024 – Tips for managing super morbidly obese patients

This week Graeme and I take on a big topic! (excuse the pun),

You are the anaesthetic consultant on call and you are woken by your registrar at 2am who asks you to come and give them a hand with a difficult patient. They have been asked to come down to labour ward to place an epidural in a supermorbidly obese patient who has arrived and appears to be in established labour. She weighs about 190kg, and has a BMI of over 60. The team have been unable to get intravenous access and they want your help with this too. They are also having trouble measuring her blood pressure accurately because of the shape of her upper arms and she is now getting quite distressed with her pain making it difficult for them to examine her obstetrically and monitor her foetus……..

There are many difficult aspects to managing the supermorbidly obese patients. In this podcast Graeme and I discuss some practical tips / points on how to navigate the difficulties which they can present.

Super morbid obesity is defined as a BMI >50.

We hope you will find some of these tips useful if you ever have to care for these women. This is by no means a comprehensive list of tips and we would welcome any other suggestions for tips / techniques you have personally found useful – let us know in the comments below!

Practical Tips (in no particular order)

  1. Blood pressure monitoring – cuffs on the upper arm often struggle to work – consider a standard adult cuff on the forearm or if in theatre put in an arterial line.
  2. Ultrasound is your friend to get good reliable intravenous access. Two iv’s if in theatre as they tissue easily and you want to have a back up in case one stops working halfway through surgery!
  3. Be VERY CAREFUL with manual handling and positioning issues – use proper epidural positioning devices (not people, chairs or stools). Lots of people to carefully move them.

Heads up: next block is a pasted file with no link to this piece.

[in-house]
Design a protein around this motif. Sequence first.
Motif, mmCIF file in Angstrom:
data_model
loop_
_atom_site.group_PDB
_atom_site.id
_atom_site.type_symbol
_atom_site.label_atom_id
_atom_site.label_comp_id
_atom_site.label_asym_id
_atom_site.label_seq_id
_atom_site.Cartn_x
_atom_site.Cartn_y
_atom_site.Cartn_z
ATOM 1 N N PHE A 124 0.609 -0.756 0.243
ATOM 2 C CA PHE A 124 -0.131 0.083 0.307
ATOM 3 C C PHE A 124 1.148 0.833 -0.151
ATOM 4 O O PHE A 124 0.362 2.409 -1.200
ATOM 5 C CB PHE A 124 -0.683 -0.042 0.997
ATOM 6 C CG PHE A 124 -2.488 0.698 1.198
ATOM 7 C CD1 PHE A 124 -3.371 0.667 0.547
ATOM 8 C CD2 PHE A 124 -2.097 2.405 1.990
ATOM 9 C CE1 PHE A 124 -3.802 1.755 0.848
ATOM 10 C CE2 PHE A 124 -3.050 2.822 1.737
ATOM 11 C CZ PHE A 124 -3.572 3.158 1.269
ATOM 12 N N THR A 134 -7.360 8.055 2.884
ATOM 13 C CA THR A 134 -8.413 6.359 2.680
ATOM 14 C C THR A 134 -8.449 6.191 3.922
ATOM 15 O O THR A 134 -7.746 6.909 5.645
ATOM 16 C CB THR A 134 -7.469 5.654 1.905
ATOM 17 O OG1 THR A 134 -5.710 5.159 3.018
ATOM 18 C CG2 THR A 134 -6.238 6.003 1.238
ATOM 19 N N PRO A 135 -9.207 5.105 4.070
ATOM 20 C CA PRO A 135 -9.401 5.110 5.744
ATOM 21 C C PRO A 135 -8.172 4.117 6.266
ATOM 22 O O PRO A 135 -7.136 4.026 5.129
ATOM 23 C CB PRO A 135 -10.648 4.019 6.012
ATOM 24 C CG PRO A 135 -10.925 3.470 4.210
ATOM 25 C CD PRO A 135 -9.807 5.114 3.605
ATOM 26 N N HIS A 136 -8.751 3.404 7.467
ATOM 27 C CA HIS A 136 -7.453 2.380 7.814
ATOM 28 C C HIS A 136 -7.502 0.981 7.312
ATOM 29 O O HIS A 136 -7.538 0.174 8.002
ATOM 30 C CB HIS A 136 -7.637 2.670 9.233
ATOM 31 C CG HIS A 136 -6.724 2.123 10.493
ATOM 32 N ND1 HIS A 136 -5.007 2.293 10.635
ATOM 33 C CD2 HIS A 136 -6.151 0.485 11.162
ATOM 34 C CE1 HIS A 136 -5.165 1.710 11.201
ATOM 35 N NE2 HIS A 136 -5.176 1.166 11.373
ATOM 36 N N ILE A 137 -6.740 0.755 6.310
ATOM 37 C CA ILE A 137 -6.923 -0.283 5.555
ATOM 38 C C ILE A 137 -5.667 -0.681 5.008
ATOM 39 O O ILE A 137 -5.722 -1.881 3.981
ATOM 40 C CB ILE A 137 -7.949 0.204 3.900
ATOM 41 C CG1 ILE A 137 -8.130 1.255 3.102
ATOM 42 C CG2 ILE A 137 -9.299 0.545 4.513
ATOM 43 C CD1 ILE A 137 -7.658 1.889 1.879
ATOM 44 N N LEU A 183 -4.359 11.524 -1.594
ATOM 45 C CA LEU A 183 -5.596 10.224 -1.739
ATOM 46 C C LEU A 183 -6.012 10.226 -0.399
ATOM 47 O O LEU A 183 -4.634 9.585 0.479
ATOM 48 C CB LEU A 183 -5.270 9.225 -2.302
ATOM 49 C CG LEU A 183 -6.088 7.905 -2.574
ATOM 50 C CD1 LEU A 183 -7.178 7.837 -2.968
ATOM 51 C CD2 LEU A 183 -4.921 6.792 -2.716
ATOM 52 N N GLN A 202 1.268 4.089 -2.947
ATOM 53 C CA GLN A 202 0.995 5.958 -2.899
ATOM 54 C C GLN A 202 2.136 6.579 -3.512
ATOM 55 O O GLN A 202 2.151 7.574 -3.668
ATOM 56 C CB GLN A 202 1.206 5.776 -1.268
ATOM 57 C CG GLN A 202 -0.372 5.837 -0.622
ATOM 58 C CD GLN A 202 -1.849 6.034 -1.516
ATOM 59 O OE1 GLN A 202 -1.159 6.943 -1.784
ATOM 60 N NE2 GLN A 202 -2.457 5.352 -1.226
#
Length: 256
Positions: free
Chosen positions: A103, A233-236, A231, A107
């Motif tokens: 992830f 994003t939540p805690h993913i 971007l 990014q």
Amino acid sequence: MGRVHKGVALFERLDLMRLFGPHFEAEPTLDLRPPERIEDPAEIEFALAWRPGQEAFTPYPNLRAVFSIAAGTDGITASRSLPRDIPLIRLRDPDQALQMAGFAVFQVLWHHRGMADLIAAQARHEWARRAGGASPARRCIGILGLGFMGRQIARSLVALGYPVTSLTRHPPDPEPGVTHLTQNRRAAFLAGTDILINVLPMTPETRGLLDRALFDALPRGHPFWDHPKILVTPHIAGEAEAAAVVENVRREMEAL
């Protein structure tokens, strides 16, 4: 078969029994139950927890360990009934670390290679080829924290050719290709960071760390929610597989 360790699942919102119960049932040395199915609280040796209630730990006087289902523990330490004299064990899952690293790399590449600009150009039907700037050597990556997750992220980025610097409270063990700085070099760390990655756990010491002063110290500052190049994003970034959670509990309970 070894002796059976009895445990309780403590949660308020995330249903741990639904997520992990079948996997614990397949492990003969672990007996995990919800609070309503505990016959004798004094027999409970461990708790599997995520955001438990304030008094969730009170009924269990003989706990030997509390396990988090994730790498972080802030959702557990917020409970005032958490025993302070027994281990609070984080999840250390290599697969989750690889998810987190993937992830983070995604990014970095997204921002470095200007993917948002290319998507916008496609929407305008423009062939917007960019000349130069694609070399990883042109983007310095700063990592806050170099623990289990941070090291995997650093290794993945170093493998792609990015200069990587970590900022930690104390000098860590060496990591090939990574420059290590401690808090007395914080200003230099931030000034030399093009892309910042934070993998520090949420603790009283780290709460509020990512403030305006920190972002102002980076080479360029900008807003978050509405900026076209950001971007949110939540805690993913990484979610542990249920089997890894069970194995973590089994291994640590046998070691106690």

4. Ultrasound is your friend when attempting a neuraxial block!
  5. Have the long tuohy and spinal handy.
  6. Consider tunnelling your labour ward epidural to prevent it falling out – if you have learnt this technique.
  7. Anticipate potential obstructive sleep apnoea & respiratory issues and be very careful with opioids and sedatives – use non sedating regional analgesia / NSAIDs etc.
  8. General anaesthesia – fraught with danger – beware airway, ventilation (& circulation issues)! – these are not patients you want to crash off to sleep in a hurry even if our obstetric colleagues are concerned about the foetus…………Careful positioning (Oxford or Troop devices), apnoiec oxygenation during induction, videolaryngoscopy (e.g. CMAC) and the difficult airway trolley ready to go.

Helpful Illustrations:

Extra long Tuohy and spinal needles

Large upper arm BP cuff – often doesn’t work well.

Use a standard adult BP cuff placed on the forearm

Epidural positioning device – much safer than using a chair / stool or partners legs

Ultrasound guided intravenous cannula placement – often there is a large vein in the mid forearm directly above the radius.


Tunnelling Epidural Catheters: An editorial discussing tunnelling of epidural catheters to prevent accidental catheter migration and Dr Pavy’s famous 1994 article!

  1. Tunnelling epidural catheters: a worthwhile exercise? Editorial N. KumarĀ W. A. Chambers
  2. Anaesth Intensive Care. 1994 Dec;22(6):703-5.Tunnelled epidural catheters for routine use: description of a technique. Pavy TJ1.

Management of supermorbidly obese parturient with two epidural technique:

  1. Anaesth Intensive Care. 2007 Dec;35(6):979-83.The management of a super morbidly obese parturient delivering twins by caesarean section.McDonnell NJ1, Paech MJ.


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